Thoeun Samnang, the chief Buddhist monk of Ta Sanh Chas temple, said Meas Muth "comes to the pagoda every day. He comes to find peace with the Buddha." The resident ascetic says he still remembers the day Meas Muth first arrived: the auspicious date of 9-9-99.
"He is a blessing," said the saffron-robed monk, seated cross-legged in his pagoda. "Former Khmer Rouge soldiers seem more interested in Buddhism. They come here more than other people. They are more active in the pagoda."
It is religiously significant, some believe, that former top Khmer Rouge leaders Meas Muth and Nuon Chea have not sought forgiveness for their roles in the alleged genocide. One possible reason, suggests Columbia University's Buddhist scholar Bob Thurman, is that Christianity uniquely claims that the road to salvation runs through repentance, remorse and making up for past sins.
"Perhaps the Christian ones are more intent on [forgiveness] because they have the belief that repentance and true belief in Christ will help them once and for all reach heaven, no matter what they've done," Thurman wrote by e-mail. "Whereas Buddhists do repent, do try to do better, but remain aware of a long road ahead to reach enlightenment or nirvana - no one else can grant them the ultimate salvation, in their view."
The monk Thoeun says that no matter how often Meas Muth visits his pagoda, the former Khmer Rouge leader will invariably suffer in the next life for his alleged actions in his current incarnation. "Meas Muth cannot escape from what he did in the past. No matter what he does, he must pay for what he has done," the monk said.
When questioned about the notion that a Christian may escape karmic punishment for wrongdoings, the ascetic balked: "Everyone must pay for what they've done. Duch cannot be forgiven. Bad deeds are like shadows that follow you."
Remorse and repentance
Duch's 32-year-old daughter, Ky Sievkim, said that her father longs for forgiveness and views Christianity as a path out of the dark shadow of the S-21 torture prison he previously ran. "My father told me that he had done many wrong things, and that's why he asked Jesus for forgiveness," she said in a recent interview at her small home, also on the outskirts of Samlot town.
Duch may have also converted to Christianity for protection, according to the court's closing order indicting him for crimes against humanity. "Christianity, the West and the realm of international justice symbolized a new form of protection (also undeniably the most effective), because he suffered from insecurity," the order states.
The temptation of salvation has drawn many other former Khmer Rouge cadres to Christianity, according to Victory Heng, executive director of Cambodian Christian Church Organization (CCCO) in Battambang town. "You can be the worst sinner in the world and still enter the gates of heaven," Heng said.
The orginization supports about 100 churches in the provinces of Takeo and Siem Reap, as well as in the former Khmer Rouge strongholds of Battambang, Oddar Meanchey and Banteay Meanchey provinces. Many former Khmer Rouge cadres have entered CCCO's churches, says Heng, although he doesn't maintain an exact tally. "None of them come in and say, 'We are former Khmer Rouge.' And we don't ask. It's not important to us. Our purpose is not to dig up the past. Our purpose is to share Christ."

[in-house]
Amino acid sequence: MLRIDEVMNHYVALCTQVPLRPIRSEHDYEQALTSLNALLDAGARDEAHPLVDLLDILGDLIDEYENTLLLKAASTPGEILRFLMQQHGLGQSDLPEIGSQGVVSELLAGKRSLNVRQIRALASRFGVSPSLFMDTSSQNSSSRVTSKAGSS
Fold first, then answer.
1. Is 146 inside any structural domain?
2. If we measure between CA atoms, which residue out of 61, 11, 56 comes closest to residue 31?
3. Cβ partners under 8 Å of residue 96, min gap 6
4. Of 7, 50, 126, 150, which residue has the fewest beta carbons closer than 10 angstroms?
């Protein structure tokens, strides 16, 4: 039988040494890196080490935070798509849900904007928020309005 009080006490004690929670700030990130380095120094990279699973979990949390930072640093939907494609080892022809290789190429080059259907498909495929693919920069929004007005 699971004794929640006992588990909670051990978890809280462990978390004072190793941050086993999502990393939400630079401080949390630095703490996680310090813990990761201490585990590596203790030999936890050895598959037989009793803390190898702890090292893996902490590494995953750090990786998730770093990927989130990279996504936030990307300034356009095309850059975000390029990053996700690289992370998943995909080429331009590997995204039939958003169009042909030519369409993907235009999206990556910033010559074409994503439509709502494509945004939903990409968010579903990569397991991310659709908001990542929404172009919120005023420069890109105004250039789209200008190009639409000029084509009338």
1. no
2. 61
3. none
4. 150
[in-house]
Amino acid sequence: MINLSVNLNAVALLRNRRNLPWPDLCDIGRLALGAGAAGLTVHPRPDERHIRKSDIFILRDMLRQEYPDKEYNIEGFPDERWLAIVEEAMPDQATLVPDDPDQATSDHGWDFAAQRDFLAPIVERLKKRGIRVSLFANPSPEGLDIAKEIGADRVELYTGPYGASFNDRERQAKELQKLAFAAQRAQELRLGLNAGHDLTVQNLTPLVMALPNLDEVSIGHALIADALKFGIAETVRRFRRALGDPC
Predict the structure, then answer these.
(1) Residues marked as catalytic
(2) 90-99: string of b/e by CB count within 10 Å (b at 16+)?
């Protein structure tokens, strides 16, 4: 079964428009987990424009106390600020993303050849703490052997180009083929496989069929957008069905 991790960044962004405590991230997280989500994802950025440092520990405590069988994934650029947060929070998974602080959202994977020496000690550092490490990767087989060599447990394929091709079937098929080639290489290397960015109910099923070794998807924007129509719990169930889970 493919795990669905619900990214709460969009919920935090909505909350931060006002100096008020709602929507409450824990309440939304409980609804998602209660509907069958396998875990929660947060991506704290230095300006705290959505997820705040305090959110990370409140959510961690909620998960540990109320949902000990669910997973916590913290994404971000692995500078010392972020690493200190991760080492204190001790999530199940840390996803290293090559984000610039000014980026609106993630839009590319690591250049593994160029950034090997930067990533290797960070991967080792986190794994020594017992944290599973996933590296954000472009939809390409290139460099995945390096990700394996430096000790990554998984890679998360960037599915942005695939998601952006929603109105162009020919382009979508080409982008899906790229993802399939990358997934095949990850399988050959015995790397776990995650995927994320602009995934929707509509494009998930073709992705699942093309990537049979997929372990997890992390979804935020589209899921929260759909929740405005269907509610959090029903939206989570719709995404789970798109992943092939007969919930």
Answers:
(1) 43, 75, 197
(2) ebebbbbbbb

In that spiritual direction, every year CCCO holds a three-week training course in Battambang town to convert laymen into practicing evangelists. "One of those years, Duch walked through the doors of this building," Heng said, standing outside the clapboard building of the Battambang Christian Church. The year was 1996 and at the end of the training course Duch was baptized nearby in the Sangke River.
Suon Sito says he remembers that day well. He first met Duch four years earlier in Banteay Meanchey province's Phkoam village, where Duch moved his family after living in Thai refugee camps and in China throughout the 1980s. Within months of Duch's arrival, Suon Sito invited him to a CCCO-sponsored house church and soon Duch was inviting others to attend services.
As Duch drew closer to Christianity, he was also attempting to flee from his past, Suon Sito said. He moved his family repeatedly throughout the 1990s - first to another school in Banteay Meanchey, then to a school in Samlot town, then back to a Thai refugee camp - but he never stopped telling his neighbors about the power of Jesus Christ in his life.
"He asked me to be a Christian. He said he wanted to start a Christian community," said Sok Lian, a resident of Samlot town who rented a home on Duch's property for several months in 1999 until Duch's identity and whereabouts were uncovered and published in international media.
When news broke in 1999 of Duch's conversion to Christianity, renowned Cambodia historian David Chandler, who had poured through reams of evidence at Duch's torture prison, says he took Duch's professed conversion seriously.
"He must have given his conversion to Christianity serious thought, as he had done with his conversion to communism in the 1960s, and saw both conversions as ways of clarifying his mind, helping his spirit, and organizing his life," Chandler wrote by e-mail from Australia's Monash University.
"Maybe Duch was looking for refuge found only in Christianity," said Chea Vannath, a political scientist in Cambodia who lives not far from S-21, which is now maintained as a grisly tourist attraction. "Whatever mistakes you make, you recognize and confess and Jesus Christ will help you ... It's possible that if [Nuon Chea] was a Christian, he might confess too."
Stephen Kurczy is an Asia Times Online contributor based in Cambodia. He may be reached at email@example.com.